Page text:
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The government hopes to reverse the ’Erasmus decision’

January 13th, 2023

While Cabinet Minister Tibor Navracsics asks the European Commission what Hungary should do to reopen the Erasmus programme to its foundation-run universities, pro-government commentators find the approach of the EC politically motivated.

Tibor Navracsics, the minister in charge of negotiations with the EU over the release of European funds to Hungary, has written a letter to the two competent European Commissioners asking them what exactly their problem is with Hungary’s foundation-run universities and what solutions they suggest. The Commission made it clear early this week that it would exclude those universities from the Erasmus scholarship scheme and the Horizon researchers’ programme, on account of incompatibility problems. Navracsics wrote that Hungary fulfilled the incompatibility rules required of it in December but is ready to take further measures if necessary. (For the background, see BudaPost, January 12). The problem appears to be the presence of government politicians on the boards running 21 Hungarian universities. The government said it would take the case to court if no agreement is reached and would finance the Erasmus programme in the meantime.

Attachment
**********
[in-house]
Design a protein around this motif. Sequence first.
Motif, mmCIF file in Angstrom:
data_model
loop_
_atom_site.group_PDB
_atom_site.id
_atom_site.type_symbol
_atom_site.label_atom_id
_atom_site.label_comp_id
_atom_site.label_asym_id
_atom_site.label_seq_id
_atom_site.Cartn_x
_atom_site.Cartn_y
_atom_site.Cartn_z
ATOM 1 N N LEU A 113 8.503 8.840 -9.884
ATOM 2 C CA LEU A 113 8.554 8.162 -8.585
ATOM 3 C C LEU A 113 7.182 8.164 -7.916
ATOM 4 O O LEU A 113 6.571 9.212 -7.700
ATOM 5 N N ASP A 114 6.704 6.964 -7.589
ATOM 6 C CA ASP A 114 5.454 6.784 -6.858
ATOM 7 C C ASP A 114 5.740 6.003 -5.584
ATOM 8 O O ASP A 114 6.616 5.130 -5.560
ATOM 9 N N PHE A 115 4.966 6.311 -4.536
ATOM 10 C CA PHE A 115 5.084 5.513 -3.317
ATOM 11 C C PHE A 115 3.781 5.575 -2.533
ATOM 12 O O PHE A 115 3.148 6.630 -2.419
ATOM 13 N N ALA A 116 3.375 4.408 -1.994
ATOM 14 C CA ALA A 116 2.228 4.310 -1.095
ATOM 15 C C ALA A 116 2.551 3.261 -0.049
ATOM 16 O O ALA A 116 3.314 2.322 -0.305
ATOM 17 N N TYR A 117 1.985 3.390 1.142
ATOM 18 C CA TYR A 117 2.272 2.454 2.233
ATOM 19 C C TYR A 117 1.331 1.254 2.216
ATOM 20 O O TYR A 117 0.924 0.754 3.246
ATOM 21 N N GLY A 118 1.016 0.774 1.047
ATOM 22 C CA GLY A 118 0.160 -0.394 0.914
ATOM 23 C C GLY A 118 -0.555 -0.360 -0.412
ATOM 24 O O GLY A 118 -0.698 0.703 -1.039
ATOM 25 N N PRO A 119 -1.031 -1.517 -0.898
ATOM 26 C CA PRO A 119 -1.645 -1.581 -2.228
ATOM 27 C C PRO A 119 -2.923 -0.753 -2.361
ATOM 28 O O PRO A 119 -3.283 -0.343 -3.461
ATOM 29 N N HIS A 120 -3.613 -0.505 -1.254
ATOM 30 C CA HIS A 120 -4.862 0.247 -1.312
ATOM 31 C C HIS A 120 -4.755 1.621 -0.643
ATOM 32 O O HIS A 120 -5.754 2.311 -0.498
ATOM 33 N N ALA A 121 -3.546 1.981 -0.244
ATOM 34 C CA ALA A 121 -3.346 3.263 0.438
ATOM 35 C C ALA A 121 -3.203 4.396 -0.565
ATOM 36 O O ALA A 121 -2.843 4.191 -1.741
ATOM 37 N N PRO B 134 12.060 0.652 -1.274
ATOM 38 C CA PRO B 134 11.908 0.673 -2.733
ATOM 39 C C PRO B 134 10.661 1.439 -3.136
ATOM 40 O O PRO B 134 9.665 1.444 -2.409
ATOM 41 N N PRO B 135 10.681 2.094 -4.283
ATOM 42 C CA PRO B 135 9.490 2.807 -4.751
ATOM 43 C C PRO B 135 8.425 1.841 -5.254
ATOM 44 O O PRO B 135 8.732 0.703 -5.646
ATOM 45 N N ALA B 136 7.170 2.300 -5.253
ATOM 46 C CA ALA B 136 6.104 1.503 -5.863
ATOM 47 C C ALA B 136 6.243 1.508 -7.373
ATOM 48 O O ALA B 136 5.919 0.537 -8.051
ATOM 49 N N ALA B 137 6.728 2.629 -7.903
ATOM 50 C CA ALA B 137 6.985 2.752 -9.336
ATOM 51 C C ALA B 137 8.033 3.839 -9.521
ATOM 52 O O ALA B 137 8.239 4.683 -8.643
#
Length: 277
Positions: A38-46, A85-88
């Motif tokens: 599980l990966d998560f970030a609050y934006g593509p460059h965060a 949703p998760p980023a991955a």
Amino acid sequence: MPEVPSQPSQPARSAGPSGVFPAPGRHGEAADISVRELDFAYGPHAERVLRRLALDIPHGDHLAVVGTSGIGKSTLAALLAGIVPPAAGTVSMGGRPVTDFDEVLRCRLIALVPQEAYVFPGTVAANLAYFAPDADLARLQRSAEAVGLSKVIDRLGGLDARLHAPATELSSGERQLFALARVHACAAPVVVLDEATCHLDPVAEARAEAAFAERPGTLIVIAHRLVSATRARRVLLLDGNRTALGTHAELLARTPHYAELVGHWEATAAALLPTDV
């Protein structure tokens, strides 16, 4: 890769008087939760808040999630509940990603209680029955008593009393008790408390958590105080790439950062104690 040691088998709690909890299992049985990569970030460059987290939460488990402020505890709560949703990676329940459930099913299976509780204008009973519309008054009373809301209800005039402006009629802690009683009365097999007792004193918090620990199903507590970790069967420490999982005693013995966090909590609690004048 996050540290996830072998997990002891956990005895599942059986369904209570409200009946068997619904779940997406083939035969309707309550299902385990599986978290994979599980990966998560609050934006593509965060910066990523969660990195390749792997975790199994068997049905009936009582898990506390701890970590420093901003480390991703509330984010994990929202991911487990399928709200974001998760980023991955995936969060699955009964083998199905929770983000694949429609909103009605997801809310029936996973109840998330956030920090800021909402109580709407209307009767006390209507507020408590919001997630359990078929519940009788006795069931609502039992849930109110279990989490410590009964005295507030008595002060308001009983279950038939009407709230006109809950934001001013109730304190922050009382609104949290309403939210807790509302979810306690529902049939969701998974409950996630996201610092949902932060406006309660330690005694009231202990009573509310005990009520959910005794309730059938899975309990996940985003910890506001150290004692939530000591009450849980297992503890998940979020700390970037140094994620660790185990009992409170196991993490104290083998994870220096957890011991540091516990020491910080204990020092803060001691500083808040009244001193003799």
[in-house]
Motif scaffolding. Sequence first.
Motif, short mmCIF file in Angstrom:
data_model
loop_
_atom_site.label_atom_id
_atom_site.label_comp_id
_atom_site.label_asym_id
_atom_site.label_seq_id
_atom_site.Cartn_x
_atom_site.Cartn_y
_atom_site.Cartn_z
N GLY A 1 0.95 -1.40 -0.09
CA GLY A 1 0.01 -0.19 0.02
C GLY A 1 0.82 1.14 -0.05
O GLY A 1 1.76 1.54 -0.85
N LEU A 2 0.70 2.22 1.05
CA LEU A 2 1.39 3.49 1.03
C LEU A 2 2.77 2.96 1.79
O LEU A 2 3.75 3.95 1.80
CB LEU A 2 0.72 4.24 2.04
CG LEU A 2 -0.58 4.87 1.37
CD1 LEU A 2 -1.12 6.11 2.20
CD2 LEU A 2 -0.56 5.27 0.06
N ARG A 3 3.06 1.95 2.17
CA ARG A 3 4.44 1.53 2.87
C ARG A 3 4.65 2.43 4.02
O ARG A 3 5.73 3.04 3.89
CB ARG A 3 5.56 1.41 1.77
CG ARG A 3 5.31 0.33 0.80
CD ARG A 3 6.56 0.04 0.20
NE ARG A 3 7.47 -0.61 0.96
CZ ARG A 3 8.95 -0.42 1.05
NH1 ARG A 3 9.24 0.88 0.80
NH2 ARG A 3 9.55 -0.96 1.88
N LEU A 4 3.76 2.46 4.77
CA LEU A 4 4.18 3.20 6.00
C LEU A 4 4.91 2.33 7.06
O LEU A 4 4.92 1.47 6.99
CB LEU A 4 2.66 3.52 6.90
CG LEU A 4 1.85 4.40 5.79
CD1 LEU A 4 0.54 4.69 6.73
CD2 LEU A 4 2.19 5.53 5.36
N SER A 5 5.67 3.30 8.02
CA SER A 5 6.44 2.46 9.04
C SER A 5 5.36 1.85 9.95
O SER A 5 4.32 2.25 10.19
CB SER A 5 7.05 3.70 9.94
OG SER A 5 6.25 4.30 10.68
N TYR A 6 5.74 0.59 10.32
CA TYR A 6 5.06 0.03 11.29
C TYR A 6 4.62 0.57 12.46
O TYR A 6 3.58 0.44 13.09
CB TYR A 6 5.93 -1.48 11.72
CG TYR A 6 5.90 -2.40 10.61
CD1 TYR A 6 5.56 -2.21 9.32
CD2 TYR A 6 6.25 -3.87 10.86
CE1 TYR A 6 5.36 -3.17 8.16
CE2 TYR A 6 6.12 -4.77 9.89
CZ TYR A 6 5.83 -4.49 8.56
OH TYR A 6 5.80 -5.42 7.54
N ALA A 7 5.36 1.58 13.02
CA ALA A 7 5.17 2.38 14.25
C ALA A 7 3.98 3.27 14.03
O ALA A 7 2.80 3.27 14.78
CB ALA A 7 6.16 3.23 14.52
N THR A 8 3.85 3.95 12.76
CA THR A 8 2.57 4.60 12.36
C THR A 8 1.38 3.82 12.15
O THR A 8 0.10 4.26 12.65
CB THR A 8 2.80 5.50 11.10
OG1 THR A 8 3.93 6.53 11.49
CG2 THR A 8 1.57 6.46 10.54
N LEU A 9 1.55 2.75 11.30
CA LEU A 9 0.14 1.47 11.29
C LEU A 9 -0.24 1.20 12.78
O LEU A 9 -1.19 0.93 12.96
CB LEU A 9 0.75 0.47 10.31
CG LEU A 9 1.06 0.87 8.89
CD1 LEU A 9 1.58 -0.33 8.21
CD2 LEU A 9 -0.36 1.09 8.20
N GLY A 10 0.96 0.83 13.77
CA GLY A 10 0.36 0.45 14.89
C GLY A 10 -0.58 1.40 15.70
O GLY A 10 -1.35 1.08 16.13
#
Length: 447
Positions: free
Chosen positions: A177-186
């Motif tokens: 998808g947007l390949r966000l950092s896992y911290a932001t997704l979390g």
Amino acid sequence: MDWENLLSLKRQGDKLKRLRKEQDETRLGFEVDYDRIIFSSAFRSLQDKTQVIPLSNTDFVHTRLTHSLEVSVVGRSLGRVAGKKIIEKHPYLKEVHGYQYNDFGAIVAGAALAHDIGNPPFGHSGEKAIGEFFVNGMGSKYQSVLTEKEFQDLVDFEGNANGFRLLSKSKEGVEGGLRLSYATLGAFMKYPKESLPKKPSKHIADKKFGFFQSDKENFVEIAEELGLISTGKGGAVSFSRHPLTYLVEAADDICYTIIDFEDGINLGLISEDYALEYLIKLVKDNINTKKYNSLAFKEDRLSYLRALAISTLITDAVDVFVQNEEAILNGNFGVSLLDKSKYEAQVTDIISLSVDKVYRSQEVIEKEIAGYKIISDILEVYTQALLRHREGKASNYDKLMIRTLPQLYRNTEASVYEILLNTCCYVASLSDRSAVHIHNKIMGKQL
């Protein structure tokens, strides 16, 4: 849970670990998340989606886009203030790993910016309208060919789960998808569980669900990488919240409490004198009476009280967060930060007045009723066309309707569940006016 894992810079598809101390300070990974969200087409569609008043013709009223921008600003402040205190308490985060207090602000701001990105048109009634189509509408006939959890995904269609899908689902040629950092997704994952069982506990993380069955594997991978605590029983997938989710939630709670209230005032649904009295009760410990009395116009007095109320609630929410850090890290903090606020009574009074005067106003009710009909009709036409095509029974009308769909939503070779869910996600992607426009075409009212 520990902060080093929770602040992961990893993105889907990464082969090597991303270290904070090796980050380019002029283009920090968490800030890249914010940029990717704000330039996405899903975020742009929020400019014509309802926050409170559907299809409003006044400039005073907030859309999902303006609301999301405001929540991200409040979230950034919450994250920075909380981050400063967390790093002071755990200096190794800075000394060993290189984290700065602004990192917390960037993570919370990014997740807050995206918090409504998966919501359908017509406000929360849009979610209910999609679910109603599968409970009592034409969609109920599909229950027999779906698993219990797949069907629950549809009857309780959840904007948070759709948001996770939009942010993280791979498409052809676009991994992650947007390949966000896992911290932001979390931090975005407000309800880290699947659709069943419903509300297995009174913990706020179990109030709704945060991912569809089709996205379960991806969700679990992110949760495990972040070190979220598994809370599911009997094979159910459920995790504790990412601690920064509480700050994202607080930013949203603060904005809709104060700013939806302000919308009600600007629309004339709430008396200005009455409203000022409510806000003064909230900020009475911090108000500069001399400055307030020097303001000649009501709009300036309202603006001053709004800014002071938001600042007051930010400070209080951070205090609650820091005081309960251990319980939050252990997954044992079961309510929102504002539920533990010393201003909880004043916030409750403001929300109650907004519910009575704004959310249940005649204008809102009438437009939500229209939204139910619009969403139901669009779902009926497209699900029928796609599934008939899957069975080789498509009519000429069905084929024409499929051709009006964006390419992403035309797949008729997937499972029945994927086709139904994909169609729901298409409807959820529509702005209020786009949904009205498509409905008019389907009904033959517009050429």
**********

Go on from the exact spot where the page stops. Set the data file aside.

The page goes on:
Mandiner devotes two comments to the case. Rudolf Oblat suspects that the European Commission is deliberately instigating hatred among students towards their government by excluding them from the Erasmus programme. He believes that the move is futile since students will not revolt against the government.

For her part, a  commentator writing under the pen name Francesca Rivafinoli asks why the Commission doesn’t object to openly political moves by French universities, one of which invited students not to vote for the right-wing Rassemblement National, while the Union of French Universities called on the population to vote for President Macron in the presidential elections.

In the second Magyar Nemzet editorial on this subject in as many days, Dávid Megyeri quotes a recent survey according to which four out of five Europeans blame soaring energy prices on the European Union and its sanctions on Russia. If that kind of awakening continues, he writes, Europeans will perhaps one day also condemn the European Commission for unjustly discriminating against Hungarian students.

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